I use a bucking transformer that knocks my usual 123 line voltage down to about 114 - 115. No problems. My voltage doesn't fluctuate alot but it does some (usually about 2 volts).
    Dave in Va
    You may well be right. I had a similar event and red-plated some very expensive KT-88s. That cured me of tube-rollin', plus I found that once you've arrived at the right tonal balance with the right driver- and output tubes, the *only* reason to pull one is when it goes pear-shaped. If I could solder my TS 6550 black plates and three RCA 5963's to the chassis, I would.
    IEales
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    Post by IEales on Sun Nov 24, 2019 5:54 pm

    B&WTube wrote:my AC power bounces between 119-124 V.

    Does the voltage bounce or just vary with time of day, day of week, season?

    There is no need to finely adjust the voltage.
    Tube amps run fine @ ≈117v

    B&WTube wrote:This prematurely ruined one GL power tube.
    Are you sure? Why only 1 tube?
    Some tubes can have short lives as can every other electronic component.

    What are you running from the variac?
    500VA is pretty low for HiFi.
    Could be starving the amp of current.

    IMO, cheap variacs are a band-aid.
    If you take one apart you are likely to find a cheap switch, suspect wiring, cheap sockets and dodgy wiper connections.

    A bucking transformer with excess current capability is a better solution.
    It can be adjustable if necessary.
    Variac Issue BuckTrans_tn

    See ieLogical Bucking Transformer
    cci1492
    cci1492

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    Post by cci1492 on Mon Nov 25, 2019 8:58 am

    I built a bucker, been working fine:

    Variac Issue Img_7216
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    rjpjnk

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    Post by rjpjnk on Mon Nov 25, 2019 11:31 am

    Interesting. How does this work? Is this a special kind of transformer?
    cci1492
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    Post by cci1492 on Mon Nov 25, 2019 11:41 am

    I used a 6.3 VAC step down, you can use a 5 VAC too, depending on how much you want to take off. I'm utilizing the center tap of the output to take a little off. IEales has a nice link that shows you how to hook it up:

    https://sound-au.com/articles/buck-xfmr.htm
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    rjpjnk

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    Post by rjpjnk on Mon Nov 25, 2019 11:44 am

    Thanks. I just found that IEales link to the bucking transformer in the other thread.

    I was wondering if we could use any high current filament transformer for this application. Sounds like that is what you did.
    IEales
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    Post by IEales on Mon Nov 25, 2019 11:50 am

    rjpjnk wrote:Interesting. How does this work? Is this a special kind of transformer?

    It's just a regular transformer.
    Size the secondary for the amount of current you want to supply and the voltage to drop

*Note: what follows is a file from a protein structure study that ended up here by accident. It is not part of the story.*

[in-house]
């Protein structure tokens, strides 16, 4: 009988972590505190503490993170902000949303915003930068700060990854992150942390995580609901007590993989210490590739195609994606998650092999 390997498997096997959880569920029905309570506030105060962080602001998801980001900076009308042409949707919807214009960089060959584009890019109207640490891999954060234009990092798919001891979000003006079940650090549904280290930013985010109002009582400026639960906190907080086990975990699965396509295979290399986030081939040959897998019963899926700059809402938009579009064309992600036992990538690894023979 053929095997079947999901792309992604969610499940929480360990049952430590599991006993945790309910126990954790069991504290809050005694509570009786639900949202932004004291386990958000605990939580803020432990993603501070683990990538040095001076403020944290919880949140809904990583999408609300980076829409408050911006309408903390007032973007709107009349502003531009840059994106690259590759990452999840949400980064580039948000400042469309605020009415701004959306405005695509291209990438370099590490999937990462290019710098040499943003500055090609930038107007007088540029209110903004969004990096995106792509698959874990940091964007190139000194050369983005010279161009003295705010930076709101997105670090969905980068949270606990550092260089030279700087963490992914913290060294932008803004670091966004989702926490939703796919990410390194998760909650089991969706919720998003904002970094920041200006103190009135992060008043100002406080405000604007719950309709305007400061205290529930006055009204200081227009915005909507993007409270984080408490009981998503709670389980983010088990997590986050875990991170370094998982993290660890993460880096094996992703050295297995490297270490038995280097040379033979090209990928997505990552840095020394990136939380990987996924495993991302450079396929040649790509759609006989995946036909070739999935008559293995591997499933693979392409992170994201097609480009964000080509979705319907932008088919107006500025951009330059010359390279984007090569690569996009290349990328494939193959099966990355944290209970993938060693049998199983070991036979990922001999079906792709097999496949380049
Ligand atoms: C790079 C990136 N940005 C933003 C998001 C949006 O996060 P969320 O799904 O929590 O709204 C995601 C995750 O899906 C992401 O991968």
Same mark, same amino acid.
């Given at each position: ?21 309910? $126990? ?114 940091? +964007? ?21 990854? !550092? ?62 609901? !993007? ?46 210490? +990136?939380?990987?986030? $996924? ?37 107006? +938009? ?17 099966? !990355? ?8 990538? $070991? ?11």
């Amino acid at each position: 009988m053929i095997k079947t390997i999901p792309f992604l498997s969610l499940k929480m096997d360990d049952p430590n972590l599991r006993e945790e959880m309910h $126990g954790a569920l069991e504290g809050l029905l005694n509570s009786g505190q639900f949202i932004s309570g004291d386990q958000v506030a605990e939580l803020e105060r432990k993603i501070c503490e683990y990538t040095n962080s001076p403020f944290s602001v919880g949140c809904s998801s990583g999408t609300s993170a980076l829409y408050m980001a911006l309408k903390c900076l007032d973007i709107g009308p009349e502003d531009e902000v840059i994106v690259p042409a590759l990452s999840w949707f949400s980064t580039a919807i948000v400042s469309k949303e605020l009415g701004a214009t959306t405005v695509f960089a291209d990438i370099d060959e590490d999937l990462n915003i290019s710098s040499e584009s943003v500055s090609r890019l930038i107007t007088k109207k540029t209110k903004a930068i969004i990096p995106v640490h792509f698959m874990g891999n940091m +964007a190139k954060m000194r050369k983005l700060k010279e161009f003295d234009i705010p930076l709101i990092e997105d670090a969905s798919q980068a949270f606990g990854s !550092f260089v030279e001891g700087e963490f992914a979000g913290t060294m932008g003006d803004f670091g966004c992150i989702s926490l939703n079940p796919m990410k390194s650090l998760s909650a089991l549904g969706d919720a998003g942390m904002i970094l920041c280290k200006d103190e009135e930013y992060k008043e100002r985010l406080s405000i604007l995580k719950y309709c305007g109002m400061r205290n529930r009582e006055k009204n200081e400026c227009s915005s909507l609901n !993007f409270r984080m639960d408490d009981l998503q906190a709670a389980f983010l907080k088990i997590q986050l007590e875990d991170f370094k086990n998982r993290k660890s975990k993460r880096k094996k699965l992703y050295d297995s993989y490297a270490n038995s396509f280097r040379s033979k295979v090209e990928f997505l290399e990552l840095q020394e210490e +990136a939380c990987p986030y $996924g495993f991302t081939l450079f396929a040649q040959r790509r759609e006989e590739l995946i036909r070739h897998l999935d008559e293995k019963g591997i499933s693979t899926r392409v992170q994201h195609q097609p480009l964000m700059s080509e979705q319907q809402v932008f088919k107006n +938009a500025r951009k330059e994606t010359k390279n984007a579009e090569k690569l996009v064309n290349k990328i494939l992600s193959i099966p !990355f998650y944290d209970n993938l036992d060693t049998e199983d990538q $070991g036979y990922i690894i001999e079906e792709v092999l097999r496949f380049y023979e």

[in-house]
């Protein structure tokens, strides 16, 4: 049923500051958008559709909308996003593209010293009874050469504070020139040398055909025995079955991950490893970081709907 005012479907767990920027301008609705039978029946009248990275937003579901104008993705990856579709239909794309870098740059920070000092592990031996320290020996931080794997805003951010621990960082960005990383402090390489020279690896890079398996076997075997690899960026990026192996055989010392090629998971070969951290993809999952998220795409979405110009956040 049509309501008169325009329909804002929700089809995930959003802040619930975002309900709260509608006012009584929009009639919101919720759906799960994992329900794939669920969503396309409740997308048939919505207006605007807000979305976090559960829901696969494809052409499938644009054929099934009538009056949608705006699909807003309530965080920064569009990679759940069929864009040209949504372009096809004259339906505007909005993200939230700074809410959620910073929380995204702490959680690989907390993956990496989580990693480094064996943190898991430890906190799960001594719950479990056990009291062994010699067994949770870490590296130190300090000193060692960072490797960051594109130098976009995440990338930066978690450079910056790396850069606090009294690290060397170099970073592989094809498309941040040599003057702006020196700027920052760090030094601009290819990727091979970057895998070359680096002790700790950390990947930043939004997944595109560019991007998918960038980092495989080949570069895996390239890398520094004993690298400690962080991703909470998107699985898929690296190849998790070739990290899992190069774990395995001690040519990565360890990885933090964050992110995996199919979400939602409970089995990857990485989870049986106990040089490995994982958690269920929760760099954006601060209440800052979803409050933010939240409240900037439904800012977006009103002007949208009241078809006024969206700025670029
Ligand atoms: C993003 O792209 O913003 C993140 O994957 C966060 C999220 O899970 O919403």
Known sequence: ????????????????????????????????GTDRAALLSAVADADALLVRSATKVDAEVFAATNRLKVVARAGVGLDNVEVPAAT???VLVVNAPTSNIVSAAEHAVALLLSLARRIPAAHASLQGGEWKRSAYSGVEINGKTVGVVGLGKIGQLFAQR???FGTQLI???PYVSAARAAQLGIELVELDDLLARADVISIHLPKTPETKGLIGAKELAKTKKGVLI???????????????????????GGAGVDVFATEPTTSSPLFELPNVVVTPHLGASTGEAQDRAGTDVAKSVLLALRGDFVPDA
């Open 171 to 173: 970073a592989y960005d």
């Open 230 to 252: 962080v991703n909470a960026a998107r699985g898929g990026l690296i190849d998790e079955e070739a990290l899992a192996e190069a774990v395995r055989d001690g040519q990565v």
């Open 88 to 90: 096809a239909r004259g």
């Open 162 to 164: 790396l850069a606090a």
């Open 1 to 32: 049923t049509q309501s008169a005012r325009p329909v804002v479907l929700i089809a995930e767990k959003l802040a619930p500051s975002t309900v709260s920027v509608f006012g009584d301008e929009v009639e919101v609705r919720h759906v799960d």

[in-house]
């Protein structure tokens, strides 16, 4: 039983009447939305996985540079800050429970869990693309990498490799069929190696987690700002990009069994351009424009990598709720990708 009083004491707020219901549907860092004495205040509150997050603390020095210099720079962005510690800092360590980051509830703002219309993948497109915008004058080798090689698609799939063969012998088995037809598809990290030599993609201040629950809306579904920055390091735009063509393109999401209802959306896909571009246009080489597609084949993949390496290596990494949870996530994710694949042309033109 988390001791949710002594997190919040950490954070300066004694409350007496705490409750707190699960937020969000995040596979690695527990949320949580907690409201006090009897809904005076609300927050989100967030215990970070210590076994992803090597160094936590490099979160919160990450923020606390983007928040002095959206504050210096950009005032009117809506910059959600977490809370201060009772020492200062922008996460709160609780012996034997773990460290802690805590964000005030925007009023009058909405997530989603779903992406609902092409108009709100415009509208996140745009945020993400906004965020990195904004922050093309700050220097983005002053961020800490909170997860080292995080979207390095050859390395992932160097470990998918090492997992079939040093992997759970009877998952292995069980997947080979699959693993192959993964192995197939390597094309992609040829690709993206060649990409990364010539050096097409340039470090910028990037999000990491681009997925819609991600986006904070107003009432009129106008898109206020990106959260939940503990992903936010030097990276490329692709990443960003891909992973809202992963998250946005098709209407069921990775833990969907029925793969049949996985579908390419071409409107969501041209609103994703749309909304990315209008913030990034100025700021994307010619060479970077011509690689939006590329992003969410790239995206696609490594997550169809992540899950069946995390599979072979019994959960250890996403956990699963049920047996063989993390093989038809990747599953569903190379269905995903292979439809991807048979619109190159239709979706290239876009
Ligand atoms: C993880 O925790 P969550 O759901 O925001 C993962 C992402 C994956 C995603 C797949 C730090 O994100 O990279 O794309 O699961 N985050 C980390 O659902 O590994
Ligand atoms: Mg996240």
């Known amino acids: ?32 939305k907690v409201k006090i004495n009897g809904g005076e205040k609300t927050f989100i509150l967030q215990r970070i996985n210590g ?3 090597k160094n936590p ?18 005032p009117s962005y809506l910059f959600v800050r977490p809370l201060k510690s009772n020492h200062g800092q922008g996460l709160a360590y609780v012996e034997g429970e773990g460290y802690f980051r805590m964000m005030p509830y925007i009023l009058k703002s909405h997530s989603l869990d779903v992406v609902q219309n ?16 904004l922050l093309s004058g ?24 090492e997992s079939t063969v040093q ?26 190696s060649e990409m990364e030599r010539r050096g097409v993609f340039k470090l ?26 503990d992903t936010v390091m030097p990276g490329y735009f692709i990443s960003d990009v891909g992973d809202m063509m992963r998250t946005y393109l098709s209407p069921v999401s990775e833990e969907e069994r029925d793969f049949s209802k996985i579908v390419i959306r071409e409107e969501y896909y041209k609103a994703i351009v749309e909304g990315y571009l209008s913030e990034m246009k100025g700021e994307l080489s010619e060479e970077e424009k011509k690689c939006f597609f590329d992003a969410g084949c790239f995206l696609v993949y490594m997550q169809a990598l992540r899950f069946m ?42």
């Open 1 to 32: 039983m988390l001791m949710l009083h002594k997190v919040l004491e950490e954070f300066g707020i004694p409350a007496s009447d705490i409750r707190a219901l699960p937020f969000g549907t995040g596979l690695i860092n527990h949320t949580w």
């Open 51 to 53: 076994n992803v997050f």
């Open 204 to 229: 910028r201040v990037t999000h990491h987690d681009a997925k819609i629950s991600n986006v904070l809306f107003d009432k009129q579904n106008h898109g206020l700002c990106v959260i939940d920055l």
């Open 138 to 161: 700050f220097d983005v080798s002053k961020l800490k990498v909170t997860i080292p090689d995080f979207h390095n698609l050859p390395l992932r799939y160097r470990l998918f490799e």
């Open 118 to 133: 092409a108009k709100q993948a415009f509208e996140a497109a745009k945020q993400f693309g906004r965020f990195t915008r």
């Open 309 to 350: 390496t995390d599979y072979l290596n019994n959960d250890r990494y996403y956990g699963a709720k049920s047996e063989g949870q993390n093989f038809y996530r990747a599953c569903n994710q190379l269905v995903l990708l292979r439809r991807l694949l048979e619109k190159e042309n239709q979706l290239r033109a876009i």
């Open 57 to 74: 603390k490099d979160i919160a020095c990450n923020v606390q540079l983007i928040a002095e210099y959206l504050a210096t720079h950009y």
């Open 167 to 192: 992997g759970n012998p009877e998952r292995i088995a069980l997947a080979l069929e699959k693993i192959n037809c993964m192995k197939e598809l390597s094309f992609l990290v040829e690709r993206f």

Transformers are rated in VA so 5V @ 15A is 75VA

    It works by wiring the primary and secondary out of phase.
    The primary opposes the voltage in the secondary.
    Simple math 122-5 = 117.
    Using a 5VCT, gives two choices -5 and -2.5

    EzPz!
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    RockyAM

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    Post by RockyAM on Mon Nov 25, 2019 1:26 pm

    That bucking transformer than Ian shows looks nice BUT the Hammond transformer listed for his bucking device is about $40 USD + shipping. When you add in the cost of the LED's, the switch, the AC outlets, the case etc., this thing has got to cost maybe $80+ in parts and you have to take the time to put it together. Plus it also only has two switched settings -5 VAC and -2.5 VAC. I have used the 5 amp model variac from Circuit Specialists now for about 7 years. Yes it is made in China but mine has worked fine with no problems for 7 years and does give continuously variable voltage control whereas the bucker that Ian shows has only two settings. Ian said "IMO, cheap variacs are a band-aid". That may be his opinion but not all Chinese products are poorly made. Check the Amazon link below for the same 5 amp variac that I have which is also sold by Circuit Specialists. 96% of the people who bought one rated it with 4 or 5 stars. RockyAM

    Amazon version of 5 amp variac
    IEales
    IEales

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    Post by IEales on Mon Nov 25, 2019 2:22 pm

    Without putting to fine a point on it, crowd ratings are next to worthless.
    Also often hilarious. e.g. "Tested it at 1500 watts, and there was no arcing between the brushes and the windings."
    It's a 500VA device! Why didn't the fuse blow?!?!?!

    Note that the unit nominal input is 110V. US voltage is often 120V+. Set at 110V, it outputs the input voltage.
    Again it's only IMO, but the potential exists to destroy your amp with this type of device.
    That is not acceptable.

    The panel meter is nowhere near accurate, not calibrated and may read ±10%.
    Not a problem if the user is able to set the actual output under load with an accurate meter.